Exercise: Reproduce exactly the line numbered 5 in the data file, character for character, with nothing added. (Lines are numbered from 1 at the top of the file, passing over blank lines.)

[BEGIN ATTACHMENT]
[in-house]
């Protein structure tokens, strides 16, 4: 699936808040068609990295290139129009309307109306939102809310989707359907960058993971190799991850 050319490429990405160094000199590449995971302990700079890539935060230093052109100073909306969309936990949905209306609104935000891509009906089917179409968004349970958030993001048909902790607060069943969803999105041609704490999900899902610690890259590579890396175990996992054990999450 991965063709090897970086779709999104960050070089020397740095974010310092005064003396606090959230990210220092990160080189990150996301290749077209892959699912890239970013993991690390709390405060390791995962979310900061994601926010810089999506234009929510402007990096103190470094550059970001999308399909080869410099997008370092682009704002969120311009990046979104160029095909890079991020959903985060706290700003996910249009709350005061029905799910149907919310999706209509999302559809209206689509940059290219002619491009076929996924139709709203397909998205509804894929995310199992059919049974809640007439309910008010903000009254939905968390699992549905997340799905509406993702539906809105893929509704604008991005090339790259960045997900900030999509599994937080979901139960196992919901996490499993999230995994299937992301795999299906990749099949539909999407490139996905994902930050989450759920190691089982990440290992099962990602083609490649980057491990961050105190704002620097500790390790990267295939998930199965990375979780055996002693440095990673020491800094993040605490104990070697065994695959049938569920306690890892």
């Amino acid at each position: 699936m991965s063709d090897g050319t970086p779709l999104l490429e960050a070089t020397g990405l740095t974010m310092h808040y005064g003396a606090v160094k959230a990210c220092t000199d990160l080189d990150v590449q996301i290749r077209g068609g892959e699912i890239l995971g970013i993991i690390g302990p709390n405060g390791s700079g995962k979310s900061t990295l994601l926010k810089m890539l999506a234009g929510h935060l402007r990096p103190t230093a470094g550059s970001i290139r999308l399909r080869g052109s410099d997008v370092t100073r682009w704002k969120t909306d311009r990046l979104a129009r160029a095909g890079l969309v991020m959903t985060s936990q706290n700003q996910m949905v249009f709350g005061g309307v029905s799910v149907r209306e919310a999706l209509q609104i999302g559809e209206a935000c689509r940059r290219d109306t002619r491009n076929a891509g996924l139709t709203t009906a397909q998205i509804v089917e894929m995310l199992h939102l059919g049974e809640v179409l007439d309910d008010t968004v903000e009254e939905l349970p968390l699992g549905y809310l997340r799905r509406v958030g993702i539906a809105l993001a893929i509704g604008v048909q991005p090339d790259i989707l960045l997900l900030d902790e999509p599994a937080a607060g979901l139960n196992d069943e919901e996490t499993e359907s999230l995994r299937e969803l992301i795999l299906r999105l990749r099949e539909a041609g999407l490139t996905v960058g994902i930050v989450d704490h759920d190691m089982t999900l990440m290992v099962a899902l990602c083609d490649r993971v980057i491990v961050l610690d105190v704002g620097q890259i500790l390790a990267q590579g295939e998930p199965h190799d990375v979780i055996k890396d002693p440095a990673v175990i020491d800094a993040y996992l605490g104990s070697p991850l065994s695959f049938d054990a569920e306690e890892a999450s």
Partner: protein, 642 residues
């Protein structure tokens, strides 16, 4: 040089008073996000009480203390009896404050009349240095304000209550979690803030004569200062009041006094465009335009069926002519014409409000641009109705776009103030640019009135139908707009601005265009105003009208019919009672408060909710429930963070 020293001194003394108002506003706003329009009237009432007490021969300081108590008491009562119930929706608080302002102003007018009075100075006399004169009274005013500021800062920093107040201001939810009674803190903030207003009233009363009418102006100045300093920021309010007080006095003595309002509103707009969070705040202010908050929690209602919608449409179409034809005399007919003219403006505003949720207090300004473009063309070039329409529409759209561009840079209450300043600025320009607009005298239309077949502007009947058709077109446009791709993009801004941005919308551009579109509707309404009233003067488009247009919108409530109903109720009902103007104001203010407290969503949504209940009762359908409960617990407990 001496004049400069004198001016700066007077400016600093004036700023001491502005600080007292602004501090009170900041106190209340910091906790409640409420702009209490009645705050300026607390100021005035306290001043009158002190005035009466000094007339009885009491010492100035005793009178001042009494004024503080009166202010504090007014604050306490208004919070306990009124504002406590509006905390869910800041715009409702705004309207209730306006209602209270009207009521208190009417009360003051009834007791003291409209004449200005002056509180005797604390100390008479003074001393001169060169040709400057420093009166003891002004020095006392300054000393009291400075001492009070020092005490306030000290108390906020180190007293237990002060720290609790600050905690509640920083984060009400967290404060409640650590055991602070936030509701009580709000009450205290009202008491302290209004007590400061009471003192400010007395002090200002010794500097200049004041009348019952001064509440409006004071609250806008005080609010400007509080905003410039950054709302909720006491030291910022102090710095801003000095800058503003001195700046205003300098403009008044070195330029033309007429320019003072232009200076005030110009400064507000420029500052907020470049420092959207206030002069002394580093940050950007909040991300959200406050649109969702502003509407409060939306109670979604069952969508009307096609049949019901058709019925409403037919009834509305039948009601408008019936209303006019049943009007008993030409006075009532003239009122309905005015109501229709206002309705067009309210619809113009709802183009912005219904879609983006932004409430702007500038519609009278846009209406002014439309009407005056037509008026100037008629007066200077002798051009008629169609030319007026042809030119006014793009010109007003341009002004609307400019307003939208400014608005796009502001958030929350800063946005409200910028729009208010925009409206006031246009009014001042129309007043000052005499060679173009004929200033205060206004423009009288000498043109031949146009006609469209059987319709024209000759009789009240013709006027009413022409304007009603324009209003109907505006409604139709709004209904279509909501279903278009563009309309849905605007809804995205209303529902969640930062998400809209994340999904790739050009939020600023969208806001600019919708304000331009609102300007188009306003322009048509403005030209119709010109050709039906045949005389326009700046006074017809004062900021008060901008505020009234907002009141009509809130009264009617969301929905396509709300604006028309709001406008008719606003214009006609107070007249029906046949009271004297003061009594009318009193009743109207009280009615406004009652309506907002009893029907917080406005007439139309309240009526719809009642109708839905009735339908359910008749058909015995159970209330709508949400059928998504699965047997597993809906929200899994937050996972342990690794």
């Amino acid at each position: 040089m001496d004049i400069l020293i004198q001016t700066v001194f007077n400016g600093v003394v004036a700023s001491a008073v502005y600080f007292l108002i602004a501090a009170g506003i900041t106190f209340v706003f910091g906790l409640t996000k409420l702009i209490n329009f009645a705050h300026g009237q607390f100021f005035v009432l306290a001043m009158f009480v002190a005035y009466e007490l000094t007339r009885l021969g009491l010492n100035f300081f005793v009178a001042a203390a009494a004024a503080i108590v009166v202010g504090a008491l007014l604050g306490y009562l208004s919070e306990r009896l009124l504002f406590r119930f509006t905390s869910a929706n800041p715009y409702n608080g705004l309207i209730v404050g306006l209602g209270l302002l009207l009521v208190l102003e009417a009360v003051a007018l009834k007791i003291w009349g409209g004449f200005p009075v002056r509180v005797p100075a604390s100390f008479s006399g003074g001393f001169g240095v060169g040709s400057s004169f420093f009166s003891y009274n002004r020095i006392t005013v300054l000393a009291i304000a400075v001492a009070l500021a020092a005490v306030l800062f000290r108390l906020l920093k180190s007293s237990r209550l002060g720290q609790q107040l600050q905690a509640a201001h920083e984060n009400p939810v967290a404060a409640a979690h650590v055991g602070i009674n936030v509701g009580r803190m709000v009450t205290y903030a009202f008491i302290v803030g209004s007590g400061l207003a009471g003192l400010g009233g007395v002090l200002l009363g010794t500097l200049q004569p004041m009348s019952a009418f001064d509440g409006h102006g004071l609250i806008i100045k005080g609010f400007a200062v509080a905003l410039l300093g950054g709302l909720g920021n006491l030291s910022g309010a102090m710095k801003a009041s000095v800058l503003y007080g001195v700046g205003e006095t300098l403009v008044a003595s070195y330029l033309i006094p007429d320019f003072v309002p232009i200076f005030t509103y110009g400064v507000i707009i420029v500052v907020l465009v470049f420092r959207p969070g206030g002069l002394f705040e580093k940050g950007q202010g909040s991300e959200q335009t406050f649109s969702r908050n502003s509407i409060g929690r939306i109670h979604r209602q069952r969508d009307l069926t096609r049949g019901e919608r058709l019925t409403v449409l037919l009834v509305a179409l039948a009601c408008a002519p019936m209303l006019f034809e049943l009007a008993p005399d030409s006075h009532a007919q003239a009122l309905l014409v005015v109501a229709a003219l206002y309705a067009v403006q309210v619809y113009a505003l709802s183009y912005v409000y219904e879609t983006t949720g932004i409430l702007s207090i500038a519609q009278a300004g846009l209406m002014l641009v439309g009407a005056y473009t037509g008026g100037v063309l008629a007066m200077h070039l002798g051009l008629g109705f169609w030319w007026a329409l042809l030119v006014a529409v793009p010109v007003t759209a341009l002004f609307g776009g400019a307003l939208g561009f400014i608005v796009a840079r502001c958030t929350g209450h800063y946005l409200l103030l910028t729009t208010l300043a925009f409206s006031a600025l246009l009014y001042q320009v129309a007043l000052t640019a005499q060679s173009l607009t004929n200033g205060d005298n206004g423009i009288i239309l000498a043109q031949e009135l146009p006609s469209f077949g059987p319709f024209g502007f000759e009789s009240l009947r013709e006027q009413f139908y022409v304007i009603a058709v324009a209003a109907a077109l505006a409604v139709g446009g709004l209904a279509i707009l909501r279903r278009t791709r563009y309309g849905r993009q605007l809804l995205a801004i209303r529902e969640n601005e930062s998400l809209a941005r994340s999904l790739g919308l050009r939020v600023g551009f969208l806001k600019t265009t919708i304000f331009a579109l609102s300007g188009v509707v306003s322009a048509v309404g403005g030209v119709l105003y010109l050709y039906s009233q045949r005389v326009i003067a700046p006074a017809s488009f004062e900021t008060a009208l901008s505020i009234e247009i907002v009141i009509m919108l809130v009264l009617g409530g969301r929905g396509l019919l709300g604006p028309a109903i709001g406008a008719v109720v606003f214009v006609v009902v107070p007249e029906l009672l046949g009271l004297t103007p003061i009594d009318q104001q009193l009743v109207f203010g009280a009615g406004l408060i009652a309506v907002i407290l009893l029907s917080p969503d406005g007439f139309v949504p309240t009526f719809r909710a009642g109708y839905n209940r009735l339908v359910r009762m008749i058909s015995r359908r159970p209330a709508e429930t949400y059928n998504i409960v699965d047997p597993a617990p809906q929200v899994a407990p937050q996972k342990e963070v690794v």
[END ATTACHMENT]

């Protein structure tokens, strides 16, 4: 040089008073996000009480203390009896404050009349240095304000209550979690803030004569200062009041006094465009335009069926002519014409409000641009109705776009103030640019009135139908707009601005265009105003009208019919009672408060909710429930963070 020293001194003394108002506003706003329009009237009432007490021969300081108590008491009562119930929706608080302002102003007018009075100075006399004169009274005013500021800062920093107040201001939810009674803190903030207003009233009363009418102006100045300093920021309010007080006095003595309002509103707009969070705040202010908050929690209602919608449409179409034809005399007919003219403006505003949720207090300004473009063309070039329409529409759209561009840079209450300043600025320009607009005298239309077949502007009947058709077109446009791709993009801004941005919308551009579109509707309404009233003067488009247009919108409530109903109720009902103007104001203010407290969503949504209940009762359908409960617990407990 001496004049400069004198001016700066007077400016600093004036700023001491502005600080007292602004501090009170900041106190209340910091906790409640409420702009209490009645705050300026607390100021005035306290001043009158002190005035009466000094007339009885009491010492100035005793009178001042009494004024503080009166202010504090007014604050306490208004919070306990009124504002406590509006905390869910800041715009409702705004309207209730306006209602209270009207009521208190009417009360003051009834007791003291409209004449200005002056509180005797604390100390008479003074001393001169060169040709400057420093009166003891002004020095006392300054000393009291400075001492009070020092005490306030000290108390906020180190007293237990002060720290609790600050905690509640920083984060009400967290404060409640650590055991602070936030509701009580709000009450205290009202008491302290209004007590400061009471003192400010007395002090200002010794500097200049004041009348019952001064509440409006004071609250806008005080609010400007509080905003410039950054709302909720006491030291910022102090710095801003000095800058503003001195700046205003300098403009008044070195330029033309007429320019003072232009200076005030110009400064507000420029500052907020470049420092959207206030002069002394580093940050950007909040991300959200406050649109969702502003509407409060939306109670979604069952969508009307096609049949019901058709019925409403037919009834509305039948009601408008019936209303006019049943009007008993030409006075009532003239009122309905005015109501229709206002309705067009309210619809113009709802183009912005219904879609983006932004409430702007500038519609009278846009209406002014439309009407005056037509008026100037008629007066200077002798051009008629169609030319007026042809030119006014793009010109007003341009002004609307400019307003939208400014608005796009502001958030929350800063946005409200910028729009208010925009409206006031246009009014001042129309007043000052005499060679173009004929200033205060206004423009009288000498043109031949146009006609469209059987319709024209000759009789009240013709006027009413022409304007009603324009209003109907505006409604139709709004209904279509909501279903278009563009309309849905605007809804995205209303529902969640930062998400809209994340999904790739050009939020600023969208806001600019919708304000331009609102300007188009306003322009048509403005030209119709010109050709039906045949005389326009700046006074017809004062900021008060901008505020009234907002009141009509809130009264009617969301929905396509709300604006028309709001406008008719606003214009006609107070007249029906046949009271004297003061009594009318009193009743109207009280009615406004009652309506907002009893029907917080406005007439139309309240009526719809009642109708839905009735339908359910008749058909015995159970209330709508949400059928998504699965047997597993809906929200899994937050996972342990690794």